Let him have his glorious swansong, most people will pay it little attention. He is one of only a handful of PM's to serve 10 consecutive years in power. That if nothing else is an acheivement and we should not be uncharitable about that. We should simply work to ensure that at the next election Labour are not elected.

Got it in one, Patsy!

It seems to me that most of these comments are churlish to say the least. One does not have to agree with everything (or, if you must, anything) that Blair did, but we diminish ourselves, not him, by being crowing and abusive at his departure.

Andrew Lilico: I agree entirely.

Excellent contribution to this morning's Today programme, Andrew Lilico.

I certainly do not agree. That man ( Bliar), with the aid of Labour toadies, drove a civil servant to suicide ( or was it something else). The contempt i have for Bliar is beyond words. If you do not get angry at that, something is wrong.

As much as he was a deceitful, arrogant and sleazy PM he was at least the best Labour Prime Minister we could have hoped for and will probably ever get.

I fear for the country with Brown in charge, it is likely to take more than a term of a Conservative government to reverse the damage that Brown is likely to inflict over the next 3 years.

So, let us be pleased that Blair is going but congratulate him for the achievement of staying in power for 10 years and hope that Brown's rule is short.

"I did what I thought was right".

Since when did this become an acceptable defence?

What an absolute load of tosh. From start to finsh, 10 long bloody years, Blair and NuLab have relied on spin, disinformation and the use of misinformation and propaganda to give the impression of dynamic progress. Even at the end he couldn't resist the same old tired and hackneyed cliches and phrases.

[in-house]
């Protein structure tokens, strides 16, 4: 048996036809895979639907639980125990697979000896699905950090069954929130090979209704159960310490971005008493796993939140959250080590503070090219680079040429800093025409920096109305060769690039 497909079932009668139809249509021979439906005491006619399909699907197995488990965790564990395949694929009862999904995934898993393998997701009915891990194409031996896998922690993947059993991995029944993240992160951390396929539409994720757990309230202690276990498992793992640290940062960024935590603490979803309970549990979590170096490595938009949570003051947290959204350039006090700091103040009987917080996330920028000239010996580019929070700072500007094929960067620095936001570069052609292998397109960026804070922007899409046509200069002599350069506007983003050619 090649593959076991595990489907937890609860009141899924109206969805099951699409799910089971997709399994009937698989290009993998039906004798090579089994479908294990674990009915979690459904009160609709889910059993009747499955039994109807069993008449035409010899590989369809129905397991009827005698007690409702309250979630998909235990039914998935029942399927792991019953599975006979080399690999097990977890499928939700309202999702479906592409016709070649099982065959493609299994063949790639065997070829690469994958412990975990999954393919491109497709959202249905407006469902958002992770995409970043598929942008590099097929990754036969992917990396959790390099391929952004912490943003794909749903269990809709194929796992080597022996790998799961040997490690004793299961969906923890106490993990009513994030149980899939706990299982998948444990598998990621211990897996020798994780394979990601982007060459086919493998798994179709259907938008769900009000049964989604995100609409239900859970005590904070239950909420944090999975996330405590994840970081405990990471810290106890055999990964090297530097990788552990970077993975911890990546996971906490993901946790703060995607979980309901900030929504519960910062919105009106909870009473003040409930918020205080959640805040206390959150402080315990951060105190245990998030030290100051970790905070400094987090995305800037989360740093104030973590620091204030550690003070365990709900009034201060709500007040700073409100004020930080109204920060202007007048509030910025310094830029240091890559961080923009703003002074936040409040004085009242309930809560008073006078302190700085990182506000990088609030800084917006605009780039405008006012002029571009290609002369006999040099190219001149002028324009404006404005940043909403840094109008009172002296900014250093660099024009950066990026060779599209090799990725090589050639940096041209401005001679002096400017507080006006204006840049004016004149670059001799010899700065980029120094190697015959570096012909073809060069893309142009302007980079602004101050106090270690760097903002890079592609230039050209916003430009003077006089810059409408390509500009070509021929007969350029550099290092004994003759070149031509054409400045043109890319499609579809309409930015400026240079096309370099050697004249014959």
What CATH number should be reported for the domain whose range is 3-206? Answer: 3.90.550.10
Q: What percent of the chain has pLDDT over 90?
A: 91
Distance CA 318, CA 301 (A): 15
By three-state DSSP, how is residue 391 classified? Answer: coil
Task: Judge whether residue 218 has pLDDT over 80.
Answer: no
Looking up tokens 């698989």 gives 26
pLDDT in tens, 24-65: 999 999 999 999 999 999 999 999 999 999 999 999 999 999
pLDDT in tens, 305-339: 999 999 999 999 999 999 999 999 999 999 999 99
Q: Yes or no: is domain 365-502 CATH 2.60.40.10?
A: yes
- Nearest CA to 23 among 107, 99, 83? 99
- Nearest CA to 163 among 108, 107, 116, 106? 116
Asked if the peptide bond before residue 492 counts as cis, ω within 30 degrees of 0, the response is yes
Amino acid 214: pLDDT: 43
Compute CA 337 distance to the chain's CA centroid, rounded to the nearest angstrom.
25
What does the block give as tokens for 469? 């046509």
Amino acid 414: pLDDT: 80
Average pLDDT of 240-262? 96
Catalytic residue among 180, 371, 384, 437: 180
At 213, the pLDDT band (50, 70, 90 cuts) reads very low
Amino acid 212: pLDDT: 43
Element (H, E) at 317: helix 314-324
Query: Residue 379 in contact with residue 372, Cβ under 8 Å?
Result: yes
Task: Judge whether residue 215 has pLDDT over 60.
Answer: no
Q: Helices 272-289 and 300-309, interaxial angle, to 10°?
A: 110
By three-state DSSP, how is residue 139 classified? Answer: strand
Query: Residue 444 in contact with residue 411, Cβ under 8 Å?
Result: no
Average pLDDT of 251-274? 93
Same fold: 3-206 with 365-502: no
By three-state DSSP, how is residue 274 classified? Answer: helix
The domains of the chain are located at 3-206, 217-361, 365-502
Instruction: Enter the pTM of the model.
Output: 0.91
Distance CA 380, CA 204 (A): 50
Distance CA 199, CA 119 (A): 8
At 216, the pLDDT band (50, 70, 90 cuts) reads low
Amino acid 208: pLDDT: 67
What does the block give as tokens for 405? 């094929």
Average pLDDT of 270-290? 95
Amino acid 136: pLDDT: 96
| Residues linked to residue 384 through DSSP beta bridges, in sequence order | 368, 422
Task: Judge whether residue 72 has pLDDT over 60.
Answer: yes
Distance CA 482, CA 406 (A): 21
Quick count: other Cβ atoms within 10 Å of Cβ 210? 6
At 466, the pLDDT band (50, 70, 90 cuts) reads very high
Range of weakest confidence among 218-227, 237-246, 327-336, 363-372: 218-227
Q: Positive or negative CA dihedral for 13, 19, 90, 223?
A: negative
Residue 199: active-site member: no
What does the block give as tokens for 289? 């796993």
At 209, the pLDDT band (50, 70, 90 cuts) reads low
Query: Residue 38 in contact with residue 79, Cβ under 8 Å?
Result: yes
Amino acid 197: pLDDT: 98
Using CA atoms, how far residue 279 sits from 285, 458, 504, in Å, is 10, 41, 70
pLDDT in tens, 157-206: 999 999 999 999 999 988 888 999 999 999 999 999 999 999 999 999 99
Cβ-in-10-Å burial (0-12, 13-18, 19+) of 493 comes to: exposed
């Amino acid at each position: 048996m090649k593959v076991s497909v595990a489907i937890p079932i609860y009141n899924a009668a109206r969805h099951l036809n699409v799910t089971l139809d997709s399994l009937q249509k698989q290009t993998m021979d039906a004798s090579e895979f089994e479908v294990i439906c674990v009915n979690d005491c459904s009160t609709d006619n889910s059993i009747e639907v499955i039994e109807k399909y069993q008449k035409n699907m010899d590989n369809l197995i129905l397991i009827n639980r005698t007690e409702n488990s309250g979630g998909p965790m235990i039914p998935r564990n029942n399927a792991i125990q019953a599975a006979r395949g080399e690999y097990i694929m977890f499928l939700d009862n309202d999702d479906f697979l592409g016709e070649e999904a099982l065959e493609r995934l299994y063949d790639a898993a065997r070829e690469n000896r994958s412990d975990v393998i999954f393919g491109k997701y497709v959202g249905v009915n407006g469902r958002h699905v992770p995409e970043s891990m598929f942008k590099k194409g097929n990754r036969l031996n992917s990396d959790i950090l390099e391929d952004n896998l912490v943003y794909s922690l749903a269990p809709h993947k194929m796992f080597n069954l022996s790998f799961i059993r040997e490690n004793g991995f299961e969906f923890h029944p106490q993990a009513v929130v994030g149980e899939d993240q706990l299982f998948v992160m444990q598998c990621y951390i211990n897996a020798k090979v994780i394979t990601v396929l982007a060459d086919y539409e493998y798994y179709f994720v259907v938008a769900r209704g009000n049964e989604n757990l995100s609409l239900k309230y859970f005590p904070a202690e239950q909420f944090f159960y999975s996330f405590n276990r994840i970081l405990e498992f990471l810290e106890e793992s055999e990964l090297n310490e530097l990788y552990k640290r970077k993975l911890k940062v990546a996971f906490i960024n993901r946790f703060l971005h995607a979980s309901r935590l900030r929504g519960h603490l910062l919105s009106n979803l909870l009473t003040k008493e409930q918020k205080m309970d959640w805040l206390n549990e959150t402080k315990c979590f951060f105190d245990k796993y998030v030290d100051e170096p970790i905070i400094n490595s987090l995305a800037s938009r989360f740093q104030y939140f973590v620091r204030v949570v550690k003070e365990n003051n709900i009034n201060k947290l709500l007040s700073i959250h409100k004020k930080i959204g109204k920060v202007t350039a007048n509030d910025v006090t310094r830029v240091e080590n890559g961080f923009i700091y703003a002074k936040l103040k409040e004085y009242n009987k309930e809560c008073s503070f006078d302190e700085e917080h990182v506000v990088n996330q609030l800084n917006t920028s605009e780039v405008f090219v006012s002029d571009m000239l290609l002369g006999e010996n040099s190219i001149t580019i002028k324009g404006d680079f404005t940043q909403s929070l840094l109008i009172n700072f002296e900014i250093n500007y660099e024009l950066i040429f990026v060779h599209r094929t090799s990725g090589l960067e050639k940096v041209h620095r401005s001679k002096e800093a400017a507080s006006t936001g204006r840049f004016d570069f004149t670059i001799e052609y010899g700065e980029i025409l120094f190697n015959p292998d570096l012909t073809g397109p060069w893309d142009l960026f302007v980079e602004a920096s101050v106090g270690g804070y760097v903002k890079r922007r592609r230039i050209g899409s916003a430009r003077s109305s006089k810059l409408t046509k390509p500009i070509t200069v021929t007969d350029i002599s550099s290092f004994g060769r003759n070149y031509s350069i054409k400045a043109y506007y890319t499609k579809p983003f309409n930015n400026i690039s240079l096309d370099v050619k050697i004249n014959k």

Sorry Tone, we've heard it all before and like the king with no clothes we've seen through the smoke and mirrors.

All the ballyhoo in 1997 led the country to believe that we would have change and a government that we could trust. Unfortunately we seem to have had cruel practical joke played upon us. NuLab under B-Liar have been an unmitigated disaster for the country, ranging from mendacity and corruption, empty rhetoric and broken promises, the use of spin and propaganda to mask the lack of policy, the war in Iraq and Dr Kelly's untimely demise, to the disgrace of Gordon Brown's unprecedented raid on the pension funds of the electorate.

I feel cheated that he has not been impeached, tried and jailed. Legacy? his legacy will be that of the worst PM this country has had, throughly corrupt and mendacious. It is an outrage that he will earn vast sums of money and will be given a place amongst the great and good; personally i feel a graffitoed wall, somewhere in a sink estate, wallowing in hoodies and high unemployment and single mothers, would be the ideal end for the man, as he faces a firing squad, drawn from the services and middle classes of middle Britain

His legacy is Iraq

Sadly, Andrew, it will be. But it will also be IDS's legacy, because he supported it when he could have stopped it.

IMHO his greatest achievment is the minimum wage (and related things like holiday pay for all).

That is the one thing he has done that has benefited millions of the poorest without harming the rest of the country.

Thats what I'm most grateful to him for, and that should be his legacy.